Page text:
A. STATE ACTION IN INDUSTRY AND COMMERCE
B. IMMEDIATE SOCIAL AND ECONOMIC EFFECTS OF THE WAR
1. Foreign trade 2. Unemployment and short time 3. Trade unions, co-operative societies, and distress 4. The new spirit
C. AFTER THE WAR
1. General effects 2. Possible industrial developments 3. Social effects and the new outlook
German culture and the British commonwealth By Alfred E. Zimmern
1. The two issues 2. Culture 3. Culture as A state product 4. German and British ideals of education 5. German and British ideals of civilisation 6. The principle of the commonwealth 7. The future of civilisation 8. The two roads of advance: Inter-state action and common citizenship
The partition of Poland
Europe in 1815
Germany in 1815
Prussia since the accession of Frederick the great
the franco-German frontier
Austria-Hungary: Political divisions
racial and national boundaries in central Europe
“It seems to me that the amount of lawlessness and crime, the amount of waste and futility, the amount of war and war possibility and war danger in the world are just the measure of the present inadequacy of the world’s system of collective organisations to the purpose before them. It follows from this very directly that only one thing can end war on the earth, and that is a subtle mental development, an idea, the development of the idea of the world commonweal in the collective mind.”—H.G. Wells in 1908.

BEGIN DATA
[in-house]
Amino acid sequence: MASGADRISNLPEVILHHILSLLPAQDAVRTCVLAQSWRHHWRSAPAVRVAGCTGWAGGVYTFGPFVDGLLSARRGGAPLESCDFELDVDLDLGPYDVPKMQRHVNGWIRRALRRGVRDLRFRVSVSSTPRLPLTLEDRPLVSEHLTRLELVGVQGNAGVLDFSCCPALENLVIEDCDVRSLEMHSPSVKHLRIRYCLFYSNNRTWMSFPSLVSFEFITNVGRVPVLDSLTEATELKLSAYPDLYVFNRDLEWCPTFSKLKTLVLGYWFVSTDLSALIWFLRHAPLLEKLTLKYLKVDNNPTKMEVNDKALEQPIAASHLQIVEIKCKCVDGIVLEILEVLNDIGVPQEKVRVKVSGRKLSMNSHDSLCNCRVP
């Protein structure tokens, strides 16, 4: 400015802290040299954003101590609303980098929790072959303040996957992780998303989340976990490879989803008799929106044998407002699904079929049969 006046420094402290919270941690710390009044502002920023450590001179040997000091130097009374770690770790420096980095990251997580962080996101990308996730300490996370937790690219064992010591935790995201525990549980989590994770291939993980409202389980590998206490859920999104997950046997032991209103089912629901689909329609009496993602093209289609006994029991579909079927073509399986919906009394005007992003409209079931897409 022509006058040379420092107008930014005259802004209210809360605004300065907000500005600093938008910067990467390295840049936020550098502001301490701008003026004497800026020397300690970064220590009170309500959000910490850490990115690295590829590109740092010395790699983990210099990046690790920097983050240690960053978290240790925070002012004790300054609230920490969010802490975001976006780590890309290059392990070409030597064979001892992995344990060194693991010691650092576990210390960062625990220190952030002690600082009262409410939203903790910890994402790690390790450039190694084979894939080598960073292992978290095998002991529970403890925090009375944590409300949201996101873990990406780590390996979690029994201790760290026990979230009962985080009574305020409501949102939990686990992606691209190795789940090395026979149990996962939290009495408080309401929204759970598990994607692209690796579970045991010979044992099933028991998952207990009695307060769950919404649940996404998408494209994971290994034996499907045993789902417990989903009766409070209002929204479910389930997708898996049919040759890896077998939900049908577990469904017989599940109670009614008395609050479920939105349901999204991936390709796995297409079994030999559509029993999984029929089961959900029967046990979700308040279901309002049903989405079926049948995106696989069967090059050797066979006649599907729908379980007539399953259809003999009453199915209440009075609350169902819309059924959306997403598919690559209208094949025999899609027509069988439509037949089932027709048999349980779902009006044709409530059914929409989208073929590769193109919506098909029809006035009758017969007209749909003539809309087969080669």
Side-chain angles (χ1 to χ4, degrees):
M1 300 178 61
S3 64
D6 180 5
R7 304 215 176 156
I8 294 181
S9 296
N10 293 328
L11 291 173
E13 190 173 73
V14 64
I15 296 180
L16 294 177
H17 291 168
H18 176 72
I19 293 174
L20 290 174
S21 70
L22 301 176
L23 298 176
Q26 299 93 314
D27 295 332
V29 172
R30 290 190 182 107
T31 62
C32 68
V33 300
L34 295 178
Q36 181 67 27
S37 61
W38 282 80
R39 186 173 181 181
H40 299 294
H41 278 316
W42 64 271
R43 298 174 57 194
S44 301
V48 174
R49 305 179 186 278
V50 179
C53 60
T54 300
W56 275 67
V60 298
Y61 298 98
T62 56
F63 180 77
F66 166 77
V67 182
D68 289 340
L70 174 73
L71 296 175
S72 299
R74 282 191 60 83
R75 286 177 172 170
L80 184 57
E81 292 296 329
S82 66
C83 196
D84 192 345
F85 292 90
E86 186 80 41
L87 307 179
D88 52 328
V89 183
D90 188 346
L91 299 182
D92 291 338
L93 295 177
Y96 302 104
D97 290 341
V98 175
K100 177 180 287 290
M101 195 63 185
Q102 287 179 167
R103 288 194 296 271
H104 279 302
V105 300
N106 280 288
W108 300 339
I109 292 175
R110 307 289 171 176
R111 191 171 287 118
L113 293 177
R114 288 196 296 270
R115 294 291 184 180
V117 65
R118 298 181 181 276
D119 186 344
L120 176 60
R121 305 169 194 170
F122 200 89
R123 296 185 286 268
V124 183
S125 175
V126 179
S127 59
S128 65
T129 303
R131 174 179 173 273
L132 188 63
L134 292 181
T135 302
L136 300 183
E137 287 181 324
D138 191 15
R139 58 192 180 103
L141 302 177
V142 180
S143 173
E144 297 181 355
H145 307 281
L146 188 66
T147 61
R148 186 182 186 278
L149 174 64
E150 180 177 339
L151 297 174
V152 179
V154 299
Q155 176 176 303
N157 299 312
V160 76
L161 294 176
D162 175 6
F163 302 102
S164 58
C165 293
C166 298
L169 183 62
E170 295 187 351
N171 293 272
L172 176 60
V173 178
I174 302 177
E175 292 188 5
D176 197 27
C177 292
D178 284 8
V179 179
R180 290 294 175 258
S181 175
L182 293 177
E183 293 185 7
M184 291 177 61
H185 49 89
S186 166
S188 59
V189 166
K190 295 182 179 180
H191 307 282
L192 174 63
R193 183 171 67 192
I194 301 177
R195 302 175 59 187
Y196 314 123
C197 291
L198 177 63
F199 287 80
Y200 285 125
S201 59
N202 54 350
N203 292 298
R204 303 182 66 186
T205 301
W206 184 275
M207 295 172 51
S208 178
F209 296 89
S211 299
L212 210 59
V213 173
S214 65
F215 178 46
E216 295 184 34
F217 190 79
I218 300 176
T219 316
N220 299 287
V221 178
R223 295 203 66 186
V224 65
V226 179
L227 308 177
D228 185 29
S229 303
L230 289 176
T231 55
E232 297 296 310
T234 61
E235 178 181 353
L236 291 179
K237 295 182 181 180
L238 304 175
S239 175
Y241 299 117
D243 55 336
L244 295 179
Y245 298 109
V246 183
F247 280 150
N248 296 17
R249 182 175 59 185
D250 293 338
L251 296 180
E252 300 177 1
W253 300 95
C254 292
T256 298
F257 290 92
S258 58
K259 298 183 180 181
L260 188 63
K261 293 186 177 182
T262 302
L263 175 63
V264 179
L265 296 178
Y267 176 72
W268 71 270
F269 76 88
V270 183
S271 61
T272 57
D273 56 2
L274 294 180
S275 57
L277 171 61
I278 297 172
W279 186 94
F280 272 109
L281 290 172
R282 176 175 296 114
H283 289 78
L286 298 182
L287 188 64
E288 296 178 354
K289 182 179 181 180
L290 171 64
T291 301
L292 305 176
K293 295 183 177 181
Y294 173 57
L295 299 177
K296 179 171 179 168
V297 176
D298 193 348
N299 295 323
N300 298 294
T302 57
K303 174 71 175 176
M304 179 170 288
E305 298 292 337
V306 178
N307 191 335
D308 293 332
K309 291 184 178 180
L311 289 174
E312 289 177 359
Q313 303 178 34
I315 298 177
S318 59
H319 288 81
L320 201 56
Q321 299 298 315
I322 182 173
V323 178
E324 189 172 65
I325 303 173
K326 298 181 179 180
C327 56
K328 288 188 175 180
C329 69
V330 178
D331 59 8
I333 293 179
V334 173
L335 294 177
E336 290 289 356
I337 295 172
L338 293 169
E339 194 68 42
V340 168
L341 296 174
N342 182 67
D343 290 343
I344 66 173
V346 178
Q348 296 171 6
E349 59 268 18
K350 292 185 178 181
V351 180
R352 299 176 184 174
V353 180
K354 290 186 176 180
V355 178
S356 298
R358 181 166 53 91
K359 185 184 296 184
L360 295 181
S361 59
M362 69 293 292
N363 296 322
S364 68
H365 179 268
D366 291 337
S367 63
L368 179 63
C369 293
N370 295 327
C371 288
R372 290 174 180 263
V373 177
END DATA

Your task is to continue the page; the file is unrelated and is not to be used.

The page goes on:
This is a testing time for Democracy. The people of Great Britain and the Dominions, to whom all the world looks as the trustees, together with France and America, of the great democratic tradition, are brought face to face, for the first time, with their full ultimate responsibility as British citizens. Upon the way in which that responsibility is realised and discharged depends the future of the democratic principle, not only in these islands, but throughout the world.